It's a hard job to judge the historical significance of any band. Some used great studio skills to deliver a polished album to the world of music. Others shown more brightly feeding off the energy of a live audience. Despite five fine studio album releases, Pacific Gas and Electric is certainly in the latter category. In an era of Psychodelica, they steadfastly held to playing the Blues music they loved.
Casual fans will know them as a "One Hit Wonder", but those who knew their music knew PG&E to be the consummate live band, their delivery honed to a razor sharpness by years on the road and countless concerts. So it was in March of 1967 when Brent Block ended up at the house of guitarist Tom Marshall to get together for an informal jam session. Seems both young men, strangers to each other, were at the same party when Marshall overheard Block talk about his bass playing. Marshall invited Block to his home to see if there was any chemistry in their playing. What Block withheld from Marshall was the fact that he had only played bass once in his life. He certainly was a quick learner.
Musicians came and went. Charlie Allen was drummer, Guitarist Glenn Schwartz was a transplanted Ohioan. Canned Heat's drummer, Frank Cook, signed on as manager. He soon realized that Allen belonged out front, and took the drummer's seat for himself. Changes were afoot while recording the "Are You Ready" album in 1970. Tom Marshall had left the band he helped form. Glenn Schwartz announced he could no longer live the sinful life of a rockstar, returned to Ohio, and plied his skills with the All Saved Freak Band. Frank Cook handed his drumsticks to Ron Woods, and stayed on as manager. Brent Block went back to his natural guitar, and two talented midwesterners, guitarist Ken Utterback and bassist Frank Petricca signed on.
It was this lineup, Allen, Block, Utterback, Petricca and Woods, that toured in support of the band's biggest top 40 hit, Are You Ready. It was during this tour that they were asked to perform at the Federal Drug Rehabilitation Center in Lexington, Kentucky. Filmmaker Lawrence Schiller was there, making a documentary of the band's trip, and Columbia had tape rolling to record the two shows the band performed in Lexington, an indoor concert in the auditorium on the evening of August 8th, 1970, and an afternoon outdoor affair the following day.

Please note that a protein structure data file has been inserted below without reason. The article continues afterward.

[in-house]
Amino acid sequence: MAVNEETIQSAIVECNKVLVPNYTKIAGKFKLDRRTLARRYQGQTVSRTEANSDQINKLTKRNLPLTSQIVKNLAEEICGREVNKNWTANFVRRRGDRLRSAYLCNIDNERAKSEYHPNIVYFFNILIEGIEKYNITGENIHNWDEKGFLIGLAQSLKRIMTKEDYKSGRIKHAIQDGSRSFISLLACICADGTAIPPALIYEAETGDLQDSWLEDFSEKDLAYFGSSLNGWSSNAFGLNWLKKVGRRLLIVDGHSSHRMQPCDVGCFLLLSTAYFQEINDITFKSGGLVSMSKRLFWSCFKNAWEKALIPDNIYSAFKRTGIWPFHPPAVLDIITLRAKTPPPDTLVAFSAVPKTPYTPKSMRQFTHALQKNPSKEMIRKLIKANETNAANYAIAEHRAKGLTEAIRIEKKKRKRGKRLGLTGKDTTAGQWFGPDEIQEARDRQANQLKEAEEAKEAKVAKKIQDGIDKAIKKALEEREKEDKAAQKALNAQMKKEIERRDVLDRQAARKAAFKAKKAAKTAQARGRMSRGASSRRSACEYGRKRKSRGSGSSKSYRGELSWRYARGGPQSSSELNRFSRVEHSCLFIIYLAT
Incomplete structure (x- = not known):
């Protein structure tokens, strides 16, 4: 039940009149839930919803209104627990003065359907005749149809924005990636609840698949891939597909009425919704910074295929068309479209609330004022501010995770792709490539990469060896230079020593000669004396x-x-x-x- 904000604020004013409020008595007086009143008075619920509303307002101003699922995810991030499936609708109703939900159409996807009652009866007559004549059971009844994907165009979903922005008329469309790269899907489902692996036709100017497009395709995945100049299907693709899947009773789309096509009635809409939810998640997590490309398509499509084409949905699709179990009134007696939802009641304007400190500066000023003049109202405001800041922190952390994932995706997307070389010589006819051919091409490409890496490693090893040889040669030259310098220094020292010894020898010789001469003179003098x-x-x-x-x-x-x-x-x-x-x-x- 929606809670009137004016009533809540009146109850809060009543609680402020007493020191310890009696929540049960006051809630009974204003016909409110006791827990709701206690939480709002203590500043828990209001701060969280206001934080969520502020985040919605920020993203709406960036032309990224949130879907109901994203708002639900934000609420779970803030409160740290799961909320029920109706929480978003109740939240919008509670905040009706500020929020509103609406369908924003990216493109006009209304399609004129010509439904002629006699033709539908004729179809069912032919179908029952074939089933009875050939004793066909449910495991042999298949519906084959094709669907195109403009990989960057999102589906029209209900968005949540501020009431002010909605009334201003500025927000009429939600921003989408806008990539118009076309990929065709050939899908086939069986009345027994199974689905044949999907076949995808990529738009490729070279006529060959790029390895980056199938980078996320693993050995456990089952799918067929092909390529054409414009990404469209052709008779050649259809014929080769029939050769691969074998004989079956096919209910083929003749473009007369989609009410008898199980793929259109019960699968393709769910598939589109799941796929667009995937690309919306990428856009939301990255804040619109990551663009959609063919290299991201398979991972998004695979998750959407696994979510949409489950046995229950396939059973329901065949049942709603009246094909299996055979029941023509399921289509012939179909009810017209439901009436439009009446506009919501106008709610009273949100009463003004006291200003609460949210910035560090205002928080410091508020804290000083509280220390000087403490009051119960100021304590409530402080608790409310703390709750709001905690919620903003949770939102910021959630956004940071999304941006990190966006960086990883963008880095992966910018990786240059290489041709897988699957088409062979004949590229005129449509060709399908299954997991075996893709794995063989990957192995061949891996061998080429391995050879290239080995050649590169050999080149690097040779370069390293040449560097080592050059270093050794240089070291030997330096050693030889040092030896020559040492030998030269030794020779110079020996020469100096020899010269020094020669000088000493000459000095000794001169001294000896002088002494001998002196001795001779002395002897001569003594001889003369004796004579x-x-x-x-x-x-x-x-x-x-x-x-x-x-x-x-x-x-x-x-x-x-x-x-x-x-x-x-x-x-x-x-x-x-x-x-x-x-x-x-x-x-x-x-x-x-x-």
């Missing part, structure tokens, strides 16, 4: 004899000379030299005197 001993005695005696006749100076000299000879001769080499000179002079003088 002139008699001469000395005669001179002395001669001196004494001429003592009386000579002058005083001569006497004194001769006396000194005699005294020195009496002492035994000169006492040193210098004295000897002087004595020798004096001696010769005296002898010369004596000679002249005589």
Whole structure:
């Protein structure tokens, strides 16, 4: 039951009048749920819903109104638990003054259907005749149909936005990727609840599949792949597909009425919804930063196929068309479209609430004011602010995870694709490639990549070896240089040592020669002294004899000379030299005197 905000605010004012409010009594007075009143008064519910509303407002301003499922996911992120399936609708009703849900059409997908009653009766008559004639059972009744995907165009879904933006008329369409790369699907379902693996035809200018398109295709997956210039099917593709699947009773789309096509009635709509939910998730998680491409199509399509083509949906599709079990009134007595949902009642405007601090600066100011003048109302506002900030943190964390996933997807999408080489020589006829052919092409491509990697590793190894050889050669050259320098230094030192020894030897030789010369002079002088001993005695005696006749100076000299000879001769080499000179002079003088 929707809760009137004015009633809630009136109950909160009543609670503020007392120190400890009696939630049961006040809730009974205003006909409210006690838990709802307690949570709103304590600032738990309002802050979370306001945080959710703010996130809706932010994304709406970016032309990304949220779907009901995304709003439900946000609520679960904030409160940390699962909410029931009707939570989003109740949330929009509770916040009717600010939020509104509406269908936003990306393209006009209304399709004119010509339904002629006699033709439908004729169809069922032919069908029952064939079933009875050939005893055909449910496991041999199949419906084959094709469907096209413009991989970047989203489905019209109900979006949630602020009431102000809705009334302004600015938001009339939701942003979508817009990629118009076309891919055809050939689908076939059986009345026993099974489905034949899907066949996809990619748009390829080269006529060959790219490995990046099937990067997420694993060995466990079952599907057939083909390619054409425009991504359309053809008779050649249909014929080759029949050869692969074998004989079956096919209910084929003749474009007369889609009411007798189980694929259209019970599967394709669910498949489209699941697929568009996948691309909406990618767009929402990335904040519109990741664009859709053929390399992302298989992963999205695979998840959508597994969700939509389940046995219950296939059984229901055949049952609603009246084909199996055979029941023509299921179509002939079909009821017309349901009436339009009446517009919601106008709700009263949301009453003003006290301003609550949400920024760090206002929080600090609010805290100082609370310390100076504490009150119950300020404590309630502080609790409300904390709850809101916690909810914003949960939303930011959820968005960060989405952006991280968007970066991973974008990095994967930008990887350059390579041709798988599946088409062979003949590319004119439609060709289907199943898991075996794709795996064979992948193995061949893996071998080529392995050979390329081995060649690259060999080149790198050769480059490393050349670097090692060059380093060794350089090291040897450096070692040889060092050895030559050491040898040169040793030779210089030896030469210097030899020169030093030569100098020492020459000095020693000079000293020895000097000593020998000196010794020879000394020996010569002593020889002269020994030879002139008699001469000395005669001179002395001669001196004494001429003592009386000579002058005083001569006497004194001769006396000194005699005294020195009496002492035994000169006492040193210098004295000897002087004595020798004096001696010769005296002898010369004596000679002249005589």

When Schiller's film had trouble getting out of the box (it never went into national release, and was shown just twice in California before it was shelved), Columbia decided not to release the live album. This may have been a mistake, as it shows the raw energy and biting edge the band didn't display in the studio.
At long last, we finally get to hear the music that captivated so many fans and drove them to PG&E's live shows. Recorded in 1970 on analog tape machines, there's no studio enhancements, no electronic tricks, nothing to get in the way of the experience of sitting in the audience to hear one of the most talented "bands ever.
by Paul "Sabre" Sobieraj
1. Old Stop In "A" (Charlie Allen, Brent Block, Ken Utterback, Frank Petricca, Ron Woods) - 11:20
2. Are You Ready? (Charlie Allen, John Hill) - 6:25
3. Next Time You See Me (Earl Forest, William G. Harvey) - 2:38
4. Elvira (Frank Cook, Glenn Scwartz, Tom Marshall, Charlie Allen, Brent Block) - 3:16
5. 32-20 Blues (Robert Johnson) - 6:09
6. One More River To Cross (Daniel Moore) - 3:12
7. Motor City Is Burning (John Lee Hooker) - 12:40
8. Jelly Jelly (Trade Martin) - 16:30
Pacific Gas And Electric
*Charlie Allen - Vocals
*Brent Block - Guitar
*Frank Petricca - Bass
*Ken Utterback - Lead Guitar
*Ron Woods - Drums